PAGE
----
Home Buyers and The Insolvency and Bankruptcy Code (Amendment) Ordinance, 2019 Part 1
Home Buyers and The Insolvency and Bankruptcy Code (Amendment) Ordinance, 2019
The Insolvency and Bankruptcy Code (Amendment) Ordinance, 2019 was promulgated on December 28, 2019. The government had passed an ordinance to amend the code, with the result that a threshold of minimum 100 home buyers or 10% of total home buyers in a project, whichever is less, is required to take the builder to an insolvency court.
The Ordinance amends the Insolvency and Bankruptcy Code, 2016. Insolvency is a situation where individuals or companies are unable to repay their outstanding debt. The Code provides a time-bound process for resolving insolvency.
“This is against the interest of home buyers as it puts unreasonable conditions on them, destroys level playing field which currently exists and makes the law lopsided in favour of real estate developers. The amendment being brought under influence of builders is not only illogical, illegal but also regressive to say the least,” said FPCE (The Forum for People’s Collective Efforts)’s letter to the standing committee chairman.
Minimum threshold for initiating the resolution process:
- Under the Code, a financial creditor (either by itself or jointly with other financial creditors) may file an application before the National Company Law Tribunal (NCLT) for initiating the insolvency resolution process. The Ordinance amends this to provide minimum thresholds for certain classes of financial creditors for initiating the insolvency resolution process. In case of real estate projects, if an allottee (person to whom a plot, apartment, or builder has allotted or sold the building) wants to initiate the resolution process, the home buyers should file an application jointly by at least 100 allottees of the same real estate project, or 10% of the total allottees under that project, whichever is less.
For other financial creditors, where the debt owed is either:
- in the form of securities or deposits, or
- to a class of creditors, the application should be filed jointly by at least 100 creditors in the same class, or 10% of the total number of such creditors in the same class, whichever is less.
Restriction on persons allowed to make applications:
The Code restricts certain corporate debtors from making an application to initiate the insolvency resolution process. These include, corporate debtors :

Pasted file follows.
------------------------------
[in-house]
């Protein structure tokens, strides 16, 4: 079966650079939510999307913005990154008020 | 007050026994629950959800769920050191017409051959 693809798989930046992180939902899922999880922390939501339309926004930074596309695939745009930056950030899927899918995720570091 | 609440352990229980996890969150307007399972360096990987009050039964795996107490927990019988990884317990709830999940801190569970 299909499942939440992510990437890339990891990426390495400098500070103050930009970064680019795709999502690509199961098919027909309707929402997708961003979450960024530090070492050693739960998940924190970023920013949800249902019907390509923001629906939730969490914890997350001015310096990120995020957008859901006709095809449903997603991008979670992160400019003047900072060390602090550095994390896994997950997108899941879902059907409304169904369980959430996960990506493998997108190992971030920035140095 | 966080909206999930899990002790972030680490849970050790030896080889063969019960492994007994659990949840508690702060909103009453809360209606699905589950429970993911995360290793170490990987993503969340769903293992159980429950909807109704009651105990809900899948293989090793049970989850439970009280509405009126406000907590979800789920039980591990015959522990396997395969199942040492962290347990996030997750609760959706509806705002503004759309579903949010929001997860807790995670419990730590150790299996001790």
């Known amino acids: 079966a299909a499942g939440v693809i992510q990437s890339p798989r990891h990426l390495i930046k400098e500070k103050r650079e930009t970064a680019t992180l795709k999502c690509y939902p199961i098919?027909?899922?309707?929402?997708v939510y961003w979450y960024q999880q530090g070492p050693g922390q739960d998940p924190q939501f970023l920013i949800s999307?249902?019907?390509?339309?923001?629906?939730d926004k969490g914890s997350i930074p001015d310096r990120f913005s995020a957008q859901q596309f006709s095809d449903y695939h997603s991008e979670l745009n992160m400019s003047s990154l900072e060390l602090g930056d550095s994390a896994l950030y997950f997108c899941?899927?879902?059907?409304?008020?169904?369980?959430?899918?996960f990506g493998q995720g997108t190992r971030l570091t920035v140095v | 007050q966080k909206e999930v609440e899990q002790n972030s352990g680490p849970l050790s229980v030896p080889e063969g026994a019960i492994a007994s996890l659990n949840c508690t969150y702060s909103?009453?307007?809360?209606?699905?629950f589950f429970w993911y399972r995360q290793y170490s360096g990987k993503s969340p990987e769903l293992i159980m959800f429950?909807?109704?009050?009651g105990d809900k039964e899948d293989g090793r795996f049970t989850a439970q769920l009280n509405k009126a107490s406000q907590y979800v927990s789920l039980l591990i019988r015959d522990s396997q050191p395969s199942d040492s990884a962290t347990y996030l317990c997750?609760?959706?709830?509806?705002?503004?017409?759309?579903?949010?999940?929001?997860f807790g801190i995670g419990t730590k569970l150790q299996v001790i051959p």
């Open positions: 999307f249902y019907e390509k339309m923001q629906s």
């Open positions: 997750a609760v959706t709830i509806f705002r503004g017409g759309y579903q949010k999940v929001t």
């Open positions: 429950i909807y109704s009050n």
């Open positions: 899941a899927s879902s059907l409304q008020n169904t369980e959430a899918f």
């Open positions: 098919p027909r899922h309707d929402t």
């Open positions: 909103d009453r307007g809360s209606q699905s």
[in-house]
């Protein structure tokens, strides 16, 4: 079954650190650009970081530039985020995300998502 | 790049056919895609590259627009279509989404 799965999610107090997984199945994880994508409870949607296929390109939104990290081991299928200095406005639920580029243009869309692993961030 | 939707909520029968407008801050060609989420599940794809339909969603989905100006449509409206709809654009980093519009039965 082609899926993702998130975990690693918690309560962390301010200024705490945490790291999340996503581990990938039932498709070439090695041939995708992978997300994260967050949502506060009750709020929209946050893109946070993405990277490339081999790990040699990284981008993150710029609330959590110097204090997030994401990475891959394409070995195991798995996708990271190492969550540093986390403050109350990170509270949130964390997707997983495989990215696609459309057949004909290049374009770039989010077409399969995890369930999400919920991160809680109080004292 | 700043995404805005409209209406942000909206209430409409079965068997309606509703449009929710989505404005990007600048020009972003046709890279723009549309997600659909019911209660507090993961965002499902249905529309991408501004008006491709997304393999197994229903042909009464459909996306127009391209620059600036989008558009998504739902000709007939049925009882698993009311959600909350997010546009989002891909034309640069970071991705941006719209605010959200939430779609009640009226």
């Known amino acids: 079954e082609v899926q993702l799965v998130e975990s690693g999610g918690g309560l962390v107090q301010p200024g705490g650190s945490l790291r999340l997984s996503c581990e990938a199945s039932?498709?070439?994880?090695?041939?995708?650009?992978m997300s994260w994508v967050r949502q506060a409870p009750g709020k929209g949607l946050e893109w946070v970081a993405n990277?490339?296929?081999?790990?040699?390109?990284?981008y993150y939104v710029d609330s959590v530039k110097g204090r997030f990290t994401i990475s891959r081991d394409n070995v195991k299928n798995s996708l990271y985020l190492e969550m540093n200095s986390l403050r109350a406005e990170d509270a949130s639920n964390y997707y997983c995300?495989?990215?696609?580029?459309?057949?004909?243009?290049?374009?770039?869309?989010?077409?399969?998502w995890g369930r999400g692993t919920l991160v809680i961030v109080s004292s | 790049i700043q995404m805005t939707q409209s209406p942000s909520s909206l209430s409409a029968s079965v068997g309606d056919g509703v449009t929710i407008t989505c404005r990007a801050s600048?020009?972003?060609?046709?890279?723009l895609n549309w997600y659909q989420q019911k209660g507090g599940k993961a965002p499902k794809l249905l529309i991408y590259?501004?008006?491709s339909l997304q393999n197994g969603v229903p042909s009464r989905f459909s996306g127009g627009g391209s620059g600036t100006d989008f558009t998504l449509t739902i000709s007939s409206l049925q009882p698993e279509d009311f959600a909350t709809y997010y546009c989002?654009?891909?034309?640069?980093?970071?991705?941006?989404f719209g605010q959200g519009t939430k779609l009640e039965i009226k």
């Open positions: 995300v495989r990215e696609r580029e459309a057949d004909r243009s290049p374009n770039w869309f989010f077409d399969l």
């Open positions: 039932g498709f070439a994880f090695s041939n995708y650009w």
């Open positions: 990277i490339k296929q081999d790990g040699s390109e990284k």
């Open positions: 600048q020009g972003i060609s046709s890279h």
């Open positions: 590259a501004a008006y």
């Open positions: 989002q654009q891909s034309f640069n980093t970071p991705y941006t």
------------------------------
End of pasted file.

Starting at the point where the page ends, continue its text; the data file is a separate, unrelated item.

- undergoing an insolvency resolution process,
- who have completed the resolution process 12 months before making the application,
- or financial creditors who have violated terms of the resolution plan, or
- in respect of whom a liquidation order has been passed.
The The Insolvency and Bankruptcy Code (Amendment) Ordinance, 2019, clarifies that such corporate debtors will be allowed to initiate the resolution process against other corporate debtors.
Permits, licenses and registrations not to be terminated on the ground of insolvency:
The Ordinance states that any existing license, permit, registration, quota, concession, or clearance, given by the government or local authority, will not be suspended or terminated on the grounds of insolvency. However, there should be no default in payment of current dues for the use or continuation of such grants.
Supply of critical goods and services not to be discontinued:
- The The Insolvency and Bankruptcy Code (Amendment) Ordinance, 2019 states that the resolution professional may order that the supply of certain goods and services which are critical for the corporate debtor’s operations cannot be discontinued during the moratorium period. The moratorium period refers to the time period during which the NCLT may prohibit persons from taking certain actions against the corporate debtors, such as filing of recovery suits. This provision will not apply if the debtor has unpaid dues to the suppliers or in certain other specified circumstances.
Liability for prior offences:
- The resolution plan under the Code may result in change in the management or control of a corporate debtor to other persons. The Ordinance states that in such cases, the corporate debtor will not be liable for any offences committed prior to the commencement of the insolvency resolution process. The liability will cease from the date the plan is approved by the NCLT. The Ordinance also provides immunity to the corporate debtor from actions against their property, such as attachment, confiscation or liquidation of property, in such cases.
Immunity to apply in certain cases:
The immunity against prior offences will be available if such other person
- was not a promoter or in the management or control of the corporate debtor, or a related party of such a person,
- was not a person against whom investigating authorities have submitted or filed a complaint, or have reasons to believe that the person abetted or conspired to commit the offence.
To read part 2 click here.
Original Text :
Source Credit: Prs Legislative Research